Joined: Thu Nov 15, 2007 3:06 pm
Location: The Danimal Kingdom
Contact:

Post by Danimal » Thu Nov 15, 2007 10:56 pm

OK, let's not get into name calling. The switch layers work absolutely wonderful for mouth movements. In fact, trying to do smooth mouth movements looks far less natural than the switch layer approach from what I've seen. Mouth movements happen very quickly.

And please, never insult anyone by comparing their work to that godawful South Park.

Different stokes for different folks...
~Danimal
User avatar
slowtiger
Posts: 5403
Joined: Thu Feb 16, 2006 6:53 pm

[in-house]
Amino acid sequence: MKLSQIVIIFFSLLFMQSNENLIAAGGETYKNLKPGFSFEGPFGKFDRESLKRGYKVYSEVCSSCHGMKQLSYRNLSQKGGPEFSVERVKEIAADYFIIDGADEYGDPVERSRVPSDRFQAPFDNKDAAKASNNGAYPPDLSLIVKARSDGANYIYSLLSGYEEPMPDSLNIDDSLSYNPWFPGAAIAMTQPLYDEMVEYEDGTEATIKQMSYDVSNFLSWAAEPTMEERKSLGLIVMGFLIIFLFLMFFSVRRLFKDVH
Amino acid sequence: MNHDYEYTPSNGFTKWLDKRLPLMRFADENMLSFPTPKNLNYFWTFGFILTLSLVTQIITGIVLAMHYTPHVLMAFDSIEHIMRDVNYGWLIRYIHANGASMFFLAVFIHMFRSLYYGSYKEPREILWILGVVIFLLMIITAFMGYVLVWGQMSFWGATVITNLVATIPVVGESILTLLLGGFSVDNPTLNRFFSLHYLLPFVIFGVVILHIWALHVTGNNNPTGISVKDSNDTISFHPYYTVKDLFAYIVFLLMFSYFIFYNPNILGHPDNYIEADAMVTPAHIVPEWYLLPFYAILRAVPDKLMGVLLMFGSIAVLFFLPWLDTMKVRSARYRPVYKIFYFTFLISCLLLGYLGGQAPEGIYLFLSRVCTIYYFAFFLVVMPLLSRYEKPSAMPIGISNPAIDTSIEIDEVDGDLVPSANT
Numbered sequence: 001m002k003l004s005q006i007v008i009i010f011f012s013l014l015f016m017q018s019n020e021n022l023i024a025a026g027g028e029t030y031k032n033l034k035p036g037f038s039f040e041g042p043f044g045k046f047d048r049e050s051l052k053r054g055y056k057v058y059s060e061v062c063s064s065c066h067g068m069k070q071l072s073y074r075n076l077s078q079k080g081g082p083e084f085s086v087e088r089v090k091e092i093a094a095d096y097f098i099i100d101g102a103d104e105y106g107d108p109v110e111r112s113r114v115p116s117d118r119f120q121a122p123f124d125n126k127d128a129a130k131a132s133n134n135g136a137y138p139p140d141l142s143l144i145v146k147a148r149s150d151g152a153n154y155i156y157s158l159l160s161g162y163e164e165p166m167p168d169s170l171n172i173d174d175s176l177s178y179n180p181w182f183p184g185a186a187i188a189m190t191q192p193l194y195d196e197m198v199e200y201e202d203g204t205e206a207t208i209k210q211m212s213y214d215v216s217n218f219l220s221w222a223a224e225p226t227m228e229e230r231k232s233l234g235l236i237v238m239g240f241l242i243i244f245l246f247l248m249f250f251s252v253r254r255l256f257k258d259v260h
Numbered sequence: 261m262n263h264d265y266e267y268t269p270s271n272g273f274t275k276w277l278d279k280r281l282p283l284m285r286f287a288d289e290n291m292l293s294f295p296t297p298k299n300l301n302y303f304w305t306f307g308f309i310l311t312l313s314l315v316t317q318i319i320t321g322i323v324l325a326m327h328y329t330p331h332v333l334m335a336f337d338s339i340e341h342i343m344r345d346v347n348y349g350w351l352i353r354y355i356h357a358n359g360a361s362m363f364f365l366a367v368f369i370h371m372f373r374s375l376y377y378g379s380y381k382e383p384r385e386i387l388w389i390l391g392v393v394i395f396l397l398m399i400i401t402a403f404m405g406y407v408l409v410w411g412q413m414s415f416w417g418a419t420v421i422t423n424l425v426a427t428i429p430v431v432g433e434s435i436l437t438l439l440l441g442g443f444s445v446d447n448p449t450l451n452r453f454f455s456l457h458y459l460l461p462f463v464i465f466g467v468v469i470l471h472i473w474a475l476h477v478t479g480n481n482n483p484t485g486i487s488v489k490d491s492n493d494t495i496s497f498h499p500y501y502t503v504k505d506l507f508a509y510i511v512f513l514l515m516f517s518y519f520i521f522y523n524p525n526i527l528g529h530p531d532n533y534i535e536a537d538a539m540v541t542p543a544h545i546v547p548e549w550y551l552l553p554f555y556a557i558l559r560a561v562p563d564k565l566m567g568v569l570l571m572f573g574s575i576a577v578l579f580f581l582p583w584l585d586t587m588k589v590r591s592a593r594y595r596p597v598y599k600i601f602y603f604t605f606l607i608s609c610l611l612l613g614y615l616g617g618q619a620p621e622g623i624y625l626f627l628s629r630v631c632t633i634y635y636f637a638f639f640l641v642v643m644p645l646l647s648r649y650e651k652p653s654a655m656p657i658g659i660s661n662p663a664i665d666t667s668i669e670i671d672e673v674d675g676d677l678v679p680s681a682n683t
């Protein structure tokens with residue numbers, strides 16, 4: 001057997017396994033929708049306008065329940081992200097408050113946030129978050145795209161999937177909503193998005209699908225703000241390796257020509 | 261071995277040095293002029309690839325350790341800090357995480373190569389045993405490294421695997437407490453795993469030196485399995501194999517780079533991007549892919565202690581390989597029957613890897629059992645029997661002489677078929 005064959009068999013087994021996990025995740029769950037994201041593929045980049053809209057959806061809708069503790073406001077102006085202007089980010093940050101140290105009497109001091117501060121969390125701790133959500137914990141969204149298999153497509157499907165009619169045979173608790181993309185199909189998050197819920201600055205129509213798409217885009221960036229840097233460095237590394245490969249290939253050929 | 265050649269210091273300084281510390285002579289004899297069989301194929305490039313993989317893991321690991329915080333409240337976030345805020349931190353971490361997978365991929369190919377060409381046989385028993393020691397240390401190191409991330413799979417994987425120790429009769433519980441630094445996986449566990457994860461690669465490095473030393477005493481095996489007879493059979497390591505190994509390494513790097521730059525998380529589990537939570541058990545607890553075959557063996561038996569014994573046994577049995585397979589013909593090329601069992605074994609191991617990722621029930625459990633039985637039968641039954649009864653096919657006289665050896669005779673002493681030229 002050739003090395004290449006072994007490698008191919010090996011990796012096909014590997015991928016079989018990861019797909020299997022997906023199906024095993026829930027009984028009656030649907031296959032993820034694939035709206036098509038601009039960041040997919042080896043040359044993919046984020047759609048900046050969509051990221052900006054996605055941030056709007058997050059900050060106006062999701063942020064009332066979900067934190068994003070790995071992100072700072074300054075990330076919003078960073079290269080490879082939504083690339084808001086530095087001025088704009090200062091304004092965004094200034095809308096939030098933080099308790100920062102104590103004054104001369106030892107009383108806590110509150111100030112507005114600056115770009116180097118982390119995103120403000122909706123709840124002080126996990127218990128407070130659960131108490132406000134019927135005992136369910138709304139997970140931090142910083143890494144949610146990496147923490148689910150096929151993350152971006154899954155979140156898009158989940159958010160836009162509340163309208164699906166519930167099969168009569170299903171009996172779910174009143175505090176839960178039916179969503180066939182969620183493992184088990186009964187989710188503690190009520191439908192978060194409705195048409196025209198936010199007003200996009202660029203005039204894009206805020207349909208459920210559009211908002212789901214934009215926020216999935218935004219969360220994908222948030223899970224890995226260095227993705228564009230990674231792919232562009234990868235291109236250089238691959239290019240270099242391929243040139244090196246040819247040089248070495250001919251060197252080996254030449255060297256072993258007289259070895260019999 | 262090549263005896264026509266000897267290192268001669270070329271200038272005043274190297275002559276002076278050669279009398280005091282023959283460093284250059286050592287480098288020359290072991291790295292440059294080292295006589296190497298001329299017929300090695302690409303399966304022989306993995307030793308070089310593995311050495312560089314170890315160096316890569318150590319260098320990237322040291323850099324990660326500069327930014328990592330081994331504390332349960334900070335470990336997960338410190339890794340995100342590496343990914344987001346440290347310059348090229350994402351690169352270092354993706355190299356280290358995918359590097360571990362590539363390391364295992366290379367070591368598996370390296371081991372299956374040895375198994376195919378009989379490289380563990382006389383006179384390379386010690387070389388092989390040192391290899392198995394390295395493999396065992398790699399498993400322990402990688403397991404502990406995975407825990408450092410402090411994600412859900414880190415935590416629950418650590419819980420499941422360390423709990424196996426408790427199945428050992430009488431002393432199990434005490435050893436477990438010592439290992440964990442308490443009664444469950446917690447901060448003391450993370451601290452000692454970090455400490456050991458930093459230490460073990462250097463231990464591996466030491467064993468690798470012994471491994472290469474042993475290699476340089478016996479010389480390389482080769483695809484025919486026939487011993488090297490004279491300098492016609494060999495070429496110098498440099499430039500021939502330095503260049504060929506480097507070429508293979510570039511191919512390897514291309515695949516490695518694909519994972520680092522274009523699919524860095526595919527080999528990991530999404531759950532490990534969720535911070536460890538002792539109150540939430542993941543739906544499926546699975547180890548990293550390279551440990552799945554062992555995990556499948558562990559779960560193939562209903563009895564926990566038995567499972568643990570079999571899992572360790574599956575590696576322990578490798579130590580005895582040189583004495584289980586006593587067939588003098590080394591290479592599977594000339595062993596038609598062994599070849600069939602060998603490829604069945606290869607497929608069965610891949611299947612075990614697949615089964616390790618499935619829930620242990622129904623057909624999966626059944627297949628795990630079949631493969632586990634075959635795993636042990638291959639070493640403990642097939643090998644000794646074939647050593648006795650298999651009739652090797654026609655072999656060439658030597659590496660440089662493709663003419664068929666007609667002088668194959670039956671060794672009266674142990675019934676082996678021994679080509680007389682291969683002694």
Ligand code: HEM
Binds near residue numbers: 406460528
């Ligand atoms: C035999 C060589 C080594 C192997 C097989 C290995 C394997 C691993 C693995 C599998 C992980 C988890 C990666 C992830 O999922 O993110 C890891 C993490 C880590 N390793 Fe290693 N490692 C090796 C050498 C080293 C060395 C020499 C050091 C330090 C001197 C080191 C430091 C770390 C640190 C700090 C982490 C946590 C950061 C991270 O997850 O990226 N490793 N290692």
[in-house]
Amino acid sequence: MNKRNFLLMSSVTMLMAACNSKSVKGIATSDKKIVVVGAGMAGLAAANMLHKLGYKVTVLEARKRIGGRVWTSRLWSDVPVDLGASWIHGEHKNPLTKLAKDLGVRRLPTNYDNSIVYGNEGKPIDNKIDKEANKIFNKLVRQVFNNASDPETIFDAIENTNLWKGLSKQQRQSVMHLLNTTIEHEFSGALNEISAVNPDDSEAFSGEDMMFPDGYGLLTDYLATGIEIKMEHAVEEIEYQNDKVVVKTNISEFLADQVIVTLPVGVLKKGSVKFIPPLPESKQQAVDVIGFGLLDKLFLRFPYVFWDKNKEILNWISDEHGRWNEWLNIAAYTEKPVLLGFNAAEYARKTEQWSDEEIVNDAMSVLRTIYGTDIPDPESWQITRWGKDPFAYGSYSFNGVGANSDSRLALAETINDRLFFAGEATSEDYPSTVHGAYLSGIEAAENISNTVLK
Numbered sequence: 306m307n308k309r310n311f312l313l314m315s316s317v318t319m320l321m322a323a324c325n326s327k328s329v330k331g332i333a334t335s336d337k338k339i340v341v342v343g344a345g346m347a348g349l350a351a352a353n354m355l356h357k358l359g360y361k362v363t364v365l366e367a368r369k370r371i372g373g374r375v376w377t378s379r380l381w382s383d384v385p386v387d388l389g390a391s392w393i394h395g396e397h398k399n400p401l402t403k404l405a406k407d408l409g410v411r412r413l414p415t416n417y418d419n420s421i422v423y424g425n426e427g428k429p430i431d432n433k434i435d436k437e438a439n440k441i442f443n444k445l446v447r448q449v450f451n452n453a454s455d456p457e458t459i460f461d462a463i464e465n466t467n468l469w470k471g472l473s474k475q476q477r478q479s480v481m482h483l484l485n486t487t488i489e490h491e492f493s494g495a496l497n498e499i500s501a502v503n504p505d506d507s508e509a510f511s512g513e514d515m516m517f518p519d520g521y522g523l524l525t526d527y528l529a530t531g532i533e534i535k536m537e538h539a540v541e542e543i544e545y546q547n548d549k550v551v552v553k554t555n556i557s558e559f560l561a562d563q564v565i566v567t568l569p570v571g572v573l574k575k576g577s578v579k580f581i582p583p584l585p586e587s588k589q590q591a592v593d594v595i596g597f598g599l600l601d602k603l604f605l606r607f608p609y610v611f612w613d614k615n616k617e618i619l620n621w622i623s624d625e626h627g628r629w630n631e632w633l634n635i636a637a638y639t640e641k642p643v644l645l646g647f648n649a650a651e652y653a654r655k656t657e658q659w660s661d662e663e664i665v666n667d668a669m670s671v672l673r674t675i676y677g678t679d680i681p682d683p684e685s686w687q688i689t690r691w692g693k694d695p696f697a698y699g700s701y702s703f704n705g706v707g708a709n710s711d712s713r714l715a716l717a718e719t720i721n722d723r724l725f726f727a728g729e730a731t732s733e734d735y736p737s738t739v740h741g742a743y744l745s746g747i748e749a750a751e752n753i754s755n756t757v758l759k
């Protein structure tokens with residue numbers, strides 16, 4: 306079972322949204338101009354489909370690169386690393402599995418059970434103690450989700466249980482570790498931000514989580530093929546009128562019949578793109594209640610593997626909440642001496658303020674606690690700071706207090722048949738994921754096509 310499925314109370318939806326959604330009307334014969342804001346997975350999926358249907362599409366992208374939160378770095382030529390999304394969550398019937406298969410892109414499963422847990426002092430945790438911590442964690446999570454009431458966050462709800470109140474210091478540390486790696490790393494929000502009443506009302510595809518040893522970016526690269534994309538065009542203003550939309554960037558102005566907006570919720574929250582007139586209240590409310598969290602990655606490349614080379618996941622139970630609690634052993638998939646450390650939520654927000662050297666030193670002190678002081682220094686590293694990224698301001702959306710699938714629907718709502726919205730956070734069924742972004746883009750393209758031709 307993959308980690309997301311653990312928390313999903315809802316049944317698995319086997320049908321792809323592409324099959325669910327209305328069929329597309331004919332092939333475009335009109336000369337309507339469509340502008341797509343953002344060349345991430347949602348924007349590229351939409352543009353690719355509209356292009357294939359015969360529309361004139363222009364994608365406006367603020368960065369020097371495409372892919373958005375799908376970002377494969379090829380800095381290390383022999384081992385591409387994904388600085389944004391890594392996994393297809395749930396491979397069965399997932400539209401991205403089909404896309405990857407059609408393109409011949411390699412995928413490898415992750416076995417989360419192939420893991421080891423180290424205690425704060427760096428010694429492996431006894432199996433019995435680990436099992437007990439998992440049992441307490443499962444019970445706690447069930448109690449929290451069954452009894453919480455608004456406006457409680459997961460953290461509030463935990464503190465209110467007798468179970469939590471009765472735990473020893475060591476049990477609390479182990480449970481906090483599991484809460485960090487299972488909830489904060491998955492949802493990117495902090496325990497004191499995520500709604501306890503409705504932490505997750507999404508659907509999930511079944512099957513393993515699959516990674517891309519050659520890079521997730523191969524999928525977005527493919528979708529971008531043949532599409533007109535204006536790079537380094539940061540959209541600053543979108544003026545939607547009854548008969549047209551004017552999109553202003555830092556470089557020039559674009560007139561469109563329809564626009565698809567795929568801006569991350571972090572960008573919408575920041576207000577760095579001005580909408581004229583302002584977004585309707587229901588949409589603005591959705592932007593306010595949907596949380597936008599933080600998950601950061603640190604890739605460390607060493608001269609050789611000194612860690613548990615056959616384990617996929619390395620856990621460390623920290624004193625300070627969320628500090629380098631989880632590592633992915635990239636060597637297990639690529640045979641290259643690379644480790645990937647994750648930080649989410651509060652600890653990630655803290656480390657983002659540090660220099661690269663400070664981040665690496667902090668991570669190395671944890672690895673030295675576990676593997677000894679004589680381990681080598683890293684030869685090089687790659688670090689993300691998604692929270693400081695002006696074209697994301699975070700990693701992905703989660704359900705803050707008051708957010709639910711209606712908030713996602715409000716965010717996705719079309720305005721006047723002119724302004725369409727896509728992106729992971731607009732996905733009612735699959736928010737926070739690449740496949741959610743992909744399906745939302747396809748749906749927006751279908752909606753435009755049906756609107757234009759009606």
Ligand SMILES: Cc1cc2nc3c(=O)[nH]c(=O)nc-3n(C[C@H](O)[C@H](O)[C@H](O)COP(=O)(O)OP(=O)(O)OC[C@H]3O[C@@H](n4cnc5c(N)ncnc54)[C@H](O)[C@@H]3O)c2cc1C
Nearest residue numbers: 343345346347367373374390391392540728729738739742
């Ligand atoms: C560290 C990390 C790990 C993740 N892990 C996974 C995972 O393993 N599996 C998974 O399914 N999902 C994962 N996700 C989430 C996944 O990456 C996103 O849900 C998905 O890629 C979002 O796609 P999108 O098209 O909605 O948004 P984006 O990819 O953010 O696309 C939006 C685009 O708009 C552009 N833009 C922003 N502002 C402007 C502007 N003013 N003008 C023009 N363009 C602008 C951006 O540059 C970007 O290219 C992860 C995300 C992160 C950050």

Location: Berlin, Germany
Contact:

Post by slowtiger » Thu Nov 15, 2007 11:05 pm

It is rather a question of overall animation style. All good animation books urge you to not deliver your story through dialogue but through means of acting and body language. A good old Disney feature would be understandable even with all sound turned off.

In the meantime, we've been fed a diet of anime and horribly cheap saturday morning crap, so finally we got used to frozen characters whose lips "move" (they don't really, if you look closely). So the audience in general is likely to accept talking heads as animation.

Don't forget that the very same sequence of mouth shapes has to work for a variety of languages. So it's not that important to have a separate mouth for that rare phoneme between J and Y. It's much more important to let the body act out the emotions. My current job will be dubbed in at least 4 different languages, so any too specific mouth action would kill the scene.